During the install wizard, you will be prompted to add your API key and a collection name to use.
The collection name will be listened to by the Firebase extension.
When a document is added to the collection, it will trigger the extension.
Under the hood, the extension is a Cloud Function, which listens to changes on the specified collection, reads the added document and interacts with the MessageBird API to send the message.
Once your extension installation is complete, navigate to Firestore within the Firebase console. Then, add a collection ID that matches the collection name you used when installing the extension.
Note: It is very important to restrict who can write and read to this collection. If the collection is left open, third parties may be able to read the numbers of users and even send messages with your account. We would recommend using the Firestore security rules so only specific users have these privileges and follow all the security best practices put forth by the Firebase team.
The messages collection that we configured during setup will store all your messages. To send an SMS message, you will need to add a document to the collection you named in the wizard using this format:
Using the example from above, we add this document to the “messages” collection. When this new document shows up in Firestore, the extension will automatically trigger and send a message built from the document’s fields.
You can subscribe to these updates via the Firestore snapshots and inform the owner of the status of the message — for example, if someone puts the incorrect number into the form and the message fails to be delivered.
Once the document is added to the collection, the MessageBird extension will then interact with the MessageBird API and update the document with extra fields as below. The delivery.state field below depicts the different statuses the message can be in.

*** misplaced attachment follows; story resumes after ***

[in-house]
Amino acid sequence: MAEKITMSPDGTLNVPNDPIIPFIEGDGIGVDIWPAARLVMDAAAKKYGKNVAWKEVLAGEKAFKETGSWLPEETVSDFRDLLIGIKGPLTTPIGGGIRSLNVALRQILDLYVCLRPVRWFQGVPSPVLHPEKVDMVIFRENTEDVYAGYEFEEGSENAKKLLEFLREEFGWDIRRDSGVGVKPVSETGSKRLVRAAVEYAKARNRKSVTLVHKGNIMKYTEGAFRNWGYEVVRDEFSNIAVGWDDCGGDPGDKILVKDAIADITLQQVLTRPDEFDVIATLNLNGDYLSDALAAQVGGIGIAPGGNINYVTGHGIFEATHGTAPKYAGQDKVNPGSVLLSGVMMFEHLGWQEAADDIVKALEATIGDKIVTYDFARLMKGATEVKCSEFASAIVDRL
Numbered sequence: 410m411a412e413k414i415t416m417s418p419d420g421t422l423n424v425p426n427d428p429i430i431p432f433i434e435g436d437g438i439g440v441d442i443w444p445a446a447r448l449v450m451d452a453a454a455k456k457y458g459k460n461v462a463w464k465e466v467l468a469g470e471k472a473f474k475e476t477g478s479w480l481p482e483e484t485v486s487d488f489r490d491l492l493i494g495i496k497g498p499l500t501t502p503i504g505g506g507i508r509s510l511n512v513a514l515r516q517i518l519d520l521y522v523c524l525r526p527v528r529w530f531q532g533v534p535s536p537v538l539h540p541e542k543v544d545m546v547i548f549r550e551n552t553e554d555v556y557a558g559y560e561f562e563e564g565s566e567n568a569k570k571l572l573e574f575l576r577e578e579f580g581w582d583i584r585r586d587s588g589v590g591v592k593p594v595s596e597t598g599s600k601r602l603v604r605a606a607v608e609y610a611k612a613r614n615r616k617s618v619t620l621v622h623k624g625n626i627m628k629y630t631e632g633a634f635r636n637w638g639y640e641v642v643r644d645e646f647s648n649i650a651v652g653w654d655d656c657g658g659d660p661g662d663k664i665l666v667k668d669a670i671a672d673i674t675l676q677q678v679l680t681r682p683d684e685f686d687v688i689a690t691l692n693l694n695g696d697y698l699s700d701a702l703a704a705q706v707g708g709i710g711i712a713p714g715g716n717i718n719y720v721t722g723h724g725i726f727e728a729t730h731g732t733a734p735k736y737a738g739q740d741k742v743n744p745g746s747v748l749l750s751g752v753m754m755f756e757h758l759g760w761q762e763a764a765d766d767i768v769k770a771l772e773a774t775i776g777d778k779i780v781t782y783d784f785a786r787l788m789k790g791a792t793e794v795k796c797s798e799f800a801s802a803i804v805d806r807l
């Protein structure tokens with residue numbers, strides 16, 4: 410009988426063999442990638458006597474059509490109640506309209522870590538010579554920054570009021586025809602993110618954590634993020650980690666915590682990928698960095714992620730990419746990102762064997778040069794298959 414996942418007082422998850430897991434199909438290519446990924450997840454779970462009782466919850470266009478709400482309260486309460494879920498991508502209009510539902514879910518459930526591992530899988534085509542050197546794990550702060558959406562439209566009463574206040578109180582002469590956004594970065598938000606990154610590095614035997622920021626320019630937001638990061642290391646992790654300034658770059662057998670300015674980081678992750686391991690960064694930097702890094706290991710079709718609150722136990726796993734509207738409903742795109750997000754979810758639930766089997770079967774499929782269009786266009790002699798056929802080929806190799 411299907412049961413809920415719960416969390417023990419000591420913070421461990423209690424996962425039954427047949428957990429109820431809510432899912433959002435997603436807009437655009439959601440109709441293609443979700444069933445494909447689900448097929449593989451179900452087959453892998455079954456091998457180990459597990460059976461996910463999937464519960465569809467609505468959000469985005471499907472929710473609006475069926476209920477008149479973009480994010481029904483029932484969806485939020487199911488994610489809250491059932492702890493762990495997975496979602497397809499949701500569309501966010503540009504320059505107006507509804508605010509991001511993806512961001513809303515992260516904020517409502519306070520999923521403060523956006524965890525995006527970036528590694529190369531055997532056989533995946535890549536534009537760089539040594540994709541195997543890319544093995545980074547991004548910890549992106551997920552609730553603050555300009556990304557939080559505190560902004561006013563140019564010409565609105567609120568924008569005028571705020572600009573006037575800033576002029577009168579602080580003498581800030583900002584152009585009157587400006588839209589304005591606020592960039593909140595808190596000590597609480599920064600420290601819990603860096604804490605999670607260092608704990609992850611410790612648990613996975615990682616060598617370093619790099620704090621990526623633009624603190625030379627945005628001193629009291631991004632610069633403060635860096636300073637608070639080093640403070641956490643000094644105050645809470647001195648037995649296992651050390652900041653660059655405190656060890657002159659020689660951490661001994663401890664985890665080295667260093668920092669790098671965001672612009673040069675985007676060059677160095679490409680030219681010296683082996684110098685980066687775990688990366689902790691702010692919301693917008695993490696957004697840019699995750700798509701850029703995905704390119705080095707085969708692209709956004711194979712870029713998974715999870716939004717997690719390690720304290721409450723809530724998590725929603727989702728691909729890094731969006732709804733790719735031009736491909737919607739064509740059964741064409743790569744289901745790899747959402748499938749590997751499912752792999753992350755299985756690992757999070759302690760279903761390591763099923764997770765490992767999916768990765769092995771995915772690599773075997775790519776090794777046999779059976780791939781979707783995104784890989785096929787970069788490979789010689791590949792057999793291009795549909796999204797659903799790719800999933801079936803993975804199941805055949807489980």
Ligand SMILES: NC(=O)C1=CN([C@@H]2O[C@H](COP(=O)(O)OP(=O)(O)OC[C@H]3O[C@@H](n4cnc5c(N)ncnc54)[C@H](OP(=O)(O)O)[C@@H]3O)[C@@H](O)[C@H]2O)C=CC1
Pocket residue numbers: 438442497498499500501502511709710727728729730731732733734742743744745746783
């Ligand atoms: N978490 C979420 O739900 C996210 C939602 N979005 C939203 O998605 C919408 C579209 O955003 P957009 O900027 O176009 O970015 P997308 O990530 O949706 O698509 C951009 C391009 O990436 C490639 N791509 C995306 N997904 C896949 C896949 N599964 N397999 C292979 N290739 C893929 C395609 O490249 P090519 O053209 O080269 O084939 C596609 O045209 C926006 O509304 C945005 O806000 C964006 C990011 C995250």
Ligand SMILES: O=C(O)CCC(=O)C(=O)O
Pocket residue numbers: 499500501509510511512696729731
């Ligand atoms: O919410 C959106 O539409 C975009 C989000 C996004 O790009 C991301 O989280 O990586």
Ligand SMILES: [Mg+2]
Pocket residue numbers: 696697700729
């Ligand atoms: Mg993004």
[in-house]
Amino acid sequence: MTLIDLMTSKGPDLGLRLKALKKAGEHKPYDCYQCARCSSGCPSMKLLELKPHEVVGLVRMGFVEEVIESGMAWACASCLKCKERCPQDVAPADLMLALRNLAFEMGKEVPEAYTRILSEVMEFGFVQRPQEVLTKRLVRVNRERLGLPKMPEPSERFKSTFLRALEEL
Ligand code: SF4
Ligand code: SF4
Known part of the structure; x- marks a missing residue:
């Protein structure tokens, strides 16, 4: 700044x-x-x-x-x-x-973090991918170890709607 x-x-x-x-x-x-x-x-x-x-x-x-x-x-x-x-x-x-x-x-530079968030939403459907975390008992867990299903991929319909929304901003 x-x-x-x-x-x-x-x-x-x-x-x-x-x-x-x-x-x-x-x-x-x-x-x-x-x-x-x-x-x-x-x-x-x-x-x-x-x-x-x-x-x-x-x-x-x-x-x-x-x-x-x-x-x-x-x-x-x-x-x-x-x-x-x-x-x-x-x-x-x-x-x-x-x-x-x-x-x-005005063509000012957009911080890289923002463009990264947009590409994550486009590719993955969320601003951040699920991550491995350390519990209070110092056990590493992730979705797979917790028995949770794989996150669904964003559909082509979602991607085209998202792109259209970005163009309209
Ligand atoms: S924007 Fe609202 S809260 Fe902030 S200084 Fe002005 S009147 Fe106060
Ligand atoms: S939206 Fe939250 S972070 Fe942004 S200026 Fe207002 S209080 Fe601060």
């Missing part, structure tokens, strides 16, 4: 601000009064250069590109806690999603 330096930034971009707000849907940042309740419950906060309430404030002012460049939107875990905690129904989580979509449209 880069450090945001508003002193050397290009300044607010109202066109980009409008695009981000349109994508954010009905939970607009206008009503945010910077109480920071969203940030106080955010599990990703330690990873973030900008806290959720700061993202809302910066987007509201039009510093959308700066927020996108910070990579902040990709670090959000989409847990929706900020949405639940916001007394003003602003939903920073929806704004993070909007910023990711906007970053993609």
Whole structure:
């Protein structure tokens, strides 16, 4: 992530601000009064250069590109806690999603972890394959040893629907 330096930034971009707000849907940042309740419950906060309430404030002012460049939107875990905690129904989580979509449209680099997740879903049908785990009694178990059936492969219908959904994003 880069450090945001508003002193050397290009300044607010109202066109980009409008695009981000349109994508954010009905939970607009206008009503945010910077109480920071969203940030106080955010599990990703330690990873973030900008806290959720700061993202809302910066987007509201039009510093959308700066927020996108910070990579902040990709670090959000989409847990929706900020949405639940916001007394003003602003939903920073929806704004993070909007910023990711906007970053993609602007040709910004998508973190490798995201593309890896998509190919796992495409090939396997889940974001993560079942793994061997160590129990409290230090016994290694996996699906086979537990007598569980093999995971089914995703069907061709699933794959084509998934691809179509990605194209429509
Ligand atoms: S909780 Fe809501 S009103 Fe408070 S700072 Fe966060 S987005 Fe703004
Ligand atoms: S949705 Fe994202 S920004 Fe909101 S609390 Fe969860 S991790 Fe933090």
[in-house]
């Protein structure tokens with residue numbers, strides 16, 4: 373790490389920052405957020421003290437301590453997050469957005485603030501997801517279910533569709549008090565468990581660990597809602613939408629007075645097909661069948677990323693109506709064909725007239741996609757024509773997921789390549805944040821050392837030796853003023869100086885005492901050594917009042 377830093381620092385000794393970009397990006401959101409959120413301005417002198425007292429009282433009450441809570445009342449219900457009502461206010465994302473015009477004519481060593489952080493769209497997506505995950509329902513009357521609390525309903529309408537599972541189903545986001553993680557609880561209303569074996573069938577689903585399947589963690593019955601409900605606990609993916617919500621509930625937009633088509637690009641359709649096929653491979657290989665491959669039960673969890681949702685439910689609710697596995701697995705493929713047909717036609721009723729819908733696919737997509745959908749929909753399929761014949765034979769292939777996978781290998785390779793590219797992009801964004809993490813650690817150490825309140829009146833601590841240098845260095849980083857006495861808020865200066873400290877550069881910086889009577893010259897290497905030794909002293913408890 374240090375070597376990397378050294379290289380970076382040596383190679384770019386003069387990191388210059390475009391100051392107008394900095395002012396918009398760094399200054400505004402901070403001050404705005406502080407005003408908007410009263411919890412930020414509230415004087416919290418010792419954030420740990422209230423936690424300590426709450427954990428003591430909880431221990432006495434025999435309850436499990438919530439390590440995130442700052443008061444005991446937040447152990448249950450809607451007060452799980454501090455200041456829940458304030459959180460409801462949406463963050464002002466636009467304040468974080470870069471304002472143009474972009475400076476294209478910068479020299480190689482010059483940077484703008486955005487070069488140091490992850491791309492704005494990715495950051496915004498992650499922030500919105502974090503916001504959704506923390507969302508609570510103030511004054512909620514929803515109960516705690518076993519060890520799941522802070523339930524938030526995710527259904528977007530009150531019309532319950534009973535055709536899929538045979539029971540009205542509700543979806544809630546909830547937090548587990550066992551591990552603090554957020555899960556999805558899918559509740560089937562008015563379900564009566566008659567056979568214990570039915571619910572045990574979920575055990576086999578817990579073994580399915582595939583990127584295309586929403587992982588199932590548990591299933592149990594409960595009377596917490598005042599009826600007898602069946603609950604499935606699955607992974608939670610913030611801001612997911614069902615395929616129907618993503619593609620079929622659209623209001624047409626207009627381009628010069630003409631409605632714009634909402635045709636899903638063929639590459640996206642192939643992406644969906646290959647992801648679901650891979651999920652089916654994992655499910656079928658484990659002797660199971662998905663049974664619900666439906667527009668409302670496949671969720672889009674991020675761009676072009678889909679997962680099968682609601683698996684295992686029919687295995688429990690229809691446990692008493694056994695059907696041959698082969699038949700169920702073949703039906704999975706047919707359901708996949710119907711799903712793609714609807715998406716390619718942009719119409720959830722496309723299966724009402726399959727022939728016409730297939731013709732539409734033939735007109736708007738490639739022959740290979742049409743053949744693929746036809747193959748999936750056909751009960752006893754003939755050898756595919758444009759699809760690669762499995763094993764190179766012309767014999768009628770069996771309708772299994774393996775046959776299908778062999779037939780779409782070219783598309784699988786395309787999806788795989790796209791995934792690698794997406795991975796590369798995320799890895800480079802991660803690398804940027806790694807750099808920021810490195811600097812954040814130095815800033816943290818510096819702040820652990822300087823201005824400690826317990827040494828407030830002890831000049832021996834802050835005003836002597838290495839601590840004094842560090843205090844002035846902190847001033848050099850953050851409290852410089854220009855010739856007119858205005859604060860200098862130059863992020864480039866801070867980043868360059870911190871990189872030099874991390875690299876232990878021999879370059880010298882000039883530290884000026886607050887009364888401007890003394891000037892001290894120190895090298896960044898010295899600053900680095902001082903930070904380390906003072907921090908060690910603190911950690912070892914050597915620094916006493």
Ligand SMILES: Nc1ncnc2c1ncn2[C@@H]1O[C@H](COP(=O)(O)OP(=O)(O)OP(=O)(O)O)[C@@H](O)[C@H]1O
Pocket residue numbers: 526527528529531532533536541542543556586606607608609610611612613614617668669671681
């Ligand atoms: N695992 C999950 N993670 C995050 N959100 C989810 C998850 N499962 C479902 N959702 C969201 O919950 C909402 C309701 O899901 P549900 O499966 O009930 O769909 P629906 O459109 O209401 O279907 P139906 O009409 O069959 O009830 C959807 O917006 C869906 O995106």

If sending a message results in a failure, the state field will be ERROR, and the error field will be populated with an error message string.
It is also possible to observe errors from the extension and usage via in the Cloud functions tab in the Firebase console:
Now, you no longer require a direct backend API integration to interact with the MessageBird API.
You can streamline the implementation via the Firebase extension and make sending notifications as simple as document write operations — no matter the communication channel you want to use.
This is only scratching the surface of what you can do with the extension and our API.
We offer many channels and we also have an incredibly powerful visual editor in Flow Builder that allows you to create even more dynamic experiences.
Following the use case above, Flow Builder would allow you to add a reply feature to the notifications sent, which enables the customer to reply with a keyword or phrase to cancel their reservation. But that’s for a future article! 🙂
If you have any other use cases that you would be interested in, our solution engineers are here to help you. Please contact our team here and let us know!